At 10:40 p.m. on July 20, 1969, fifteen minutes prior to Neil Armstrong and Buzz Aldrin’s historic moonwalk, a race riot erupted at one of the nation’s biggest Marine Corps bases.
The violence at North Carolina’s Camp Lejeune had been brewing for months, and ended at approximately eleven, minutes after Armstrong famously uttered, “That’s one small step for man, one giant leap for mankind.” The swift and brutal outburst was also fatal. Corporal Edward Bankston, a white, thrice-wounded Vietnam War veteran, had been walking home to his barracks when a brawl, said to be started when a black Marine wanted to cut in on a white Marine dancing with a black female reservist, spilled out of the 1st Battalion’s club. The twenty-year-old from Picayune, Mississippi, had his skull fractured by black Marines wielding clubs that had been formed from tree branches and broken broom handles. He died a week later. In total, fifteen white Marines were assaulted in six separate locations along a half-mile path between the club and the barracks. Two victims had stab wounds and a third Marine, a nineteen-year-old private from Roanoke, Alabama, was transferred to Naval Hospital, Portsmouth, Virginia, in extremely serious condition from head injuries. In interviews with investigators, the white Marines told investigators that they heard their assailants yelling, “Call us niggers now,” and, “We’re to going to mess up some beasts tonight.”
The riot led to a congressional investigation of the deteriorating interracial conditions at Camp Lejeune. The verbatim testimony and attendant documents contained in “Inquiry into the Disturbances at Marine Corps Base, Camp Lejeune, N.C., on July 20, 1969” ran to more than twelve hundred pages. Some believed the military was in jeopardy of tearing itself apart, while others suspected the Black Panthers’ influence. General Michael P. Ryan, the new commander at Lejeune, said there were “indications” but “no tangible evidence” that black Marines charged in the beatings were members of the Black Panther party. At its height in 1968, the organization had only two thousand members, but its high profile in cities and its message of Black Nationalism led J. Edgar Hoover to declare them “one of the greatest threats to the nation’s internal security.” At Lejeune, the sight of black Marines with Afros exchanging black power salutes evoked an emotional response from older white officers. “This new breed of black marine needs to be identified to determine his attitudes and motivations,” the congressional report observed in a section called “the race problem.” It concluded that the racial “disturbances” were the product of a “few militant blacks who fanned the flames of racism.” Those black men, the report added about the night in question, were “obviously in a high state of excitement.”
Black Marines did not agree with the one-sided depiction of the brawl, telling reporters the white Marines that night were “up for it.” They also described more generally a divide personified by the dismal conditions stateside as black Vietnam veterans, counted on for heroic service abroad, returned to humiliating bigotry and repeated instances of military injustice. In the surrounding towns near the base, a billboard decorated with American flags read, “Welcome to Klan Country.” A black civilian who worked on the base as a barber told the New York Times the racial conditions were “worse than Mississippi.” A cross was burned on his lawn in response. The sheriff simply told him that it “looks like the Klan is riding again.”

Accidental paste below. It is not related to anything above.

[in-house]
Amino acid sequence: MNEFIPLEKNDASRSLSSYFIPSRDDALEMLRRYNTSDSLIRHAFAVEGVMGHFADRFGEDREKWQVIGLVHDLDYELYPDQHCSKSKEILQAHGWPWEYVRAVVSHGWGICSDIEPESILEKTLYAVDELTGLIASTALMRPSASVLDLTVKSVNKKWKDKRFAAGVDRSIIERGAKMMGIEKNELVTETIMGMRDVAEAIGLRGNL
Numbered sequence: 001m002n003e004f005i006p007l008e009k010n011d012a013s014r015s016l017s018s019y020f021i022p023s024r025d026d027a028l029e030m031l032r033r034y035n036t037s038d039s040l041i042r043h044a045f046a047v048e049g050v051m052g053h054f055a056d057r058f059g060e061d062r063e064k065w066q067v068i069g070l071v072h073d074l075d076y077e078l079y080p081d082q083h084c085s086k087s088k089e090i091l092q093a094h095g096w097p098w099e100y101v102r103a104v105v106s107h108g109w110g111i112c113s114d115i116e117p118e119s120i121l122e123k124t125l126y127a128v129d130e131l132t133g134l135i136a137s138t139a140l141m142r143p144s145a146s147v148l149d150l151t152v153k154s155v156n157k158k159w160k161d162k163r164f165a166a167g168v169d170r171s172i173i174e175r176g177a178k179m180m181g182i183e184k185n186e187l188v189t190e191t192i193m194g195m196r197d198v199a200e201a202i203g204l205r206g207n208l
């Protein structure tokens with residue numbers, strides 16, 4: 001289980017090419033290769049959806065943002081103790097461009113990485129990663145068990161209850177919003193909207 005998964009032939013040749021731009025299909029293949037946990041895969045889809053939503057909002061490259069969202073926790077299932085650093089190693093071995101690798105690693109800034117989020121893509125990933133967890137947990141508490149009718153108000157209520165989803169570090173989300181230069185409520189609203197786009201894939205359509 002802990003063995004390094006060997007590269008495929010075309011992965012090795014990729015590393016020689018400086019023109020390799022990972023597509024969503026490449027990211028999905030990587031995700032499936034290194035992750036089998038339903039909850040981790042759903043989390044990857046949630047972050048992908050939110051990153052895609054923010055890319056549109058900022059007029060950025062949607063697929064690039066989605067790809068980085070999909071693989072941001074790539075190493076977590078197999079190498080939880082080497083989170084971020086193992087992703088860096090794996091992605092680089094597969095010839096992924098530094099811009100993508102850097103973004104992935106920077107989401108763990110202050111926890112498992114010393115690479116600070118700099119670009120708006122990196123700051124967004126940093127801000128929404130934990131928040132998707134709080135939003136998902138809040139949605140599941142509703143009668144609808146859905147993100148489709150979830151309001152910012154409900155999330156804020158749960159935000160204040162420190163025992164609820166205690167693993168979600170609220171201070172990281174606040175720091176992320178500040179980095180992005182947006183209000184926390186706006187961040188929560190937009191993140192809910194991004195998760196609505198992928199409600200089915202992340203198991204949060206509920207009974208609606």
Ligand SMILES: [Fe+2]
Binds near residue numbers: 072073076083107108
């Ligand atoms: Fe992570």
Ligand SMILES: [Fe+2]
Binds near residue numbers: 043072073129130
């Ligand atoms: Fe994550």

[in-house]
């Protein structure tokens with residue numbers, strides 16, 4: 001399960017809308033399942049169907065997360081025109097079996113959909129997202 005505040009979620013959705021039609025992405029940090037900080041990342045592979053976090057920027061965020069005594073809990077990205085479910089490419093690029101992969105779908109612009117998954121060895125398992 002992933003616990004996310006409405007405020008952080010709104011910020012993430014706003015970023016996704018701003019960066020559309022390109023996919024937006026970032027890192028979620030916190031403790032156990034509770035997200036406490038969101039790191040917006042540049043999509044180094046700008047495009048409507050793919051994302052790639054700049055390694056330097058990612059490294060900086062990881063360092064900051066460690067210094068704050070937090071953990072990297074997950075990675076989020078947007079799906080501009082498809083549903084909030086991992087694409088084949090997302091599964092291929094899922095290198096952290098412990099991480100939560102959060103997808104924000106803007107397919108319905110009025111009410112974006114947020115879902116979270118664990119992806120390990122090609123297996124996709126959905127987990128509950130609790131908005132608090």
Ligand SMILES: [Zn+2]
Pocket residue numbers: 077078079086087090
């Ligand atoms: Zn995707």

Between January and August of 1969 there were 160 reported racial incidents at Lejeune (though numerous Marines, white and black, described the confrontations as constant. “The violence hits everybody and you start to get paranoid,” said a Marine at Lejeune. “All I want to do is get out and get away from it.”) One base military directive issued by a platoon leader in a pamphlet titled “Fostering Unit Pride and Esprit” after the riot advised white Marines to avoid calling their black counterparts the following: boy, spook, splib, negro, Uncle Tom, nigra, nigger, or colored. This remedial race-relations 101 was well intentioned but ineffective. A year earlier, in 1968, there were no arrests following the death of a black Marine beaten by two whites behind the same 1st Battalion club. More than forty black and Puerto Rican Marines were arrested following the July 20 riot.
“I hated to get off the plane,” said one black private in a September 1969 Life article, describing the dread occasioned by his return to the North Carolina base from the front-lines of Vietnam. “Out here you go to the washroom and it’s nigger this, nigger that all over the wall.” Perhaps unsurprisingly, such details were not included in the military’s official report.
America was visibly preoccupied by the drama playing out in space: 125 million in the United States watched the Apollo 11’s moon landing, the country’s most unimaginable and uplifting achievement. But the outbreak of racial hostilities at Lejeune was so dire and violent that it seemed to threaten the stability of the U.S. armed forces. Prior to the outbreak, Charles Evers, newly elected mayor of Fayette, Mississippi, and NAACP Man of the Year in 1969, seemed to capture the resentful mood of many. He was one of the many notable leaders in American society asked to weigh the significance of man walking on the moon. “America needs to look at the Earth, not at space,” he wrote in an essay for the New York Times.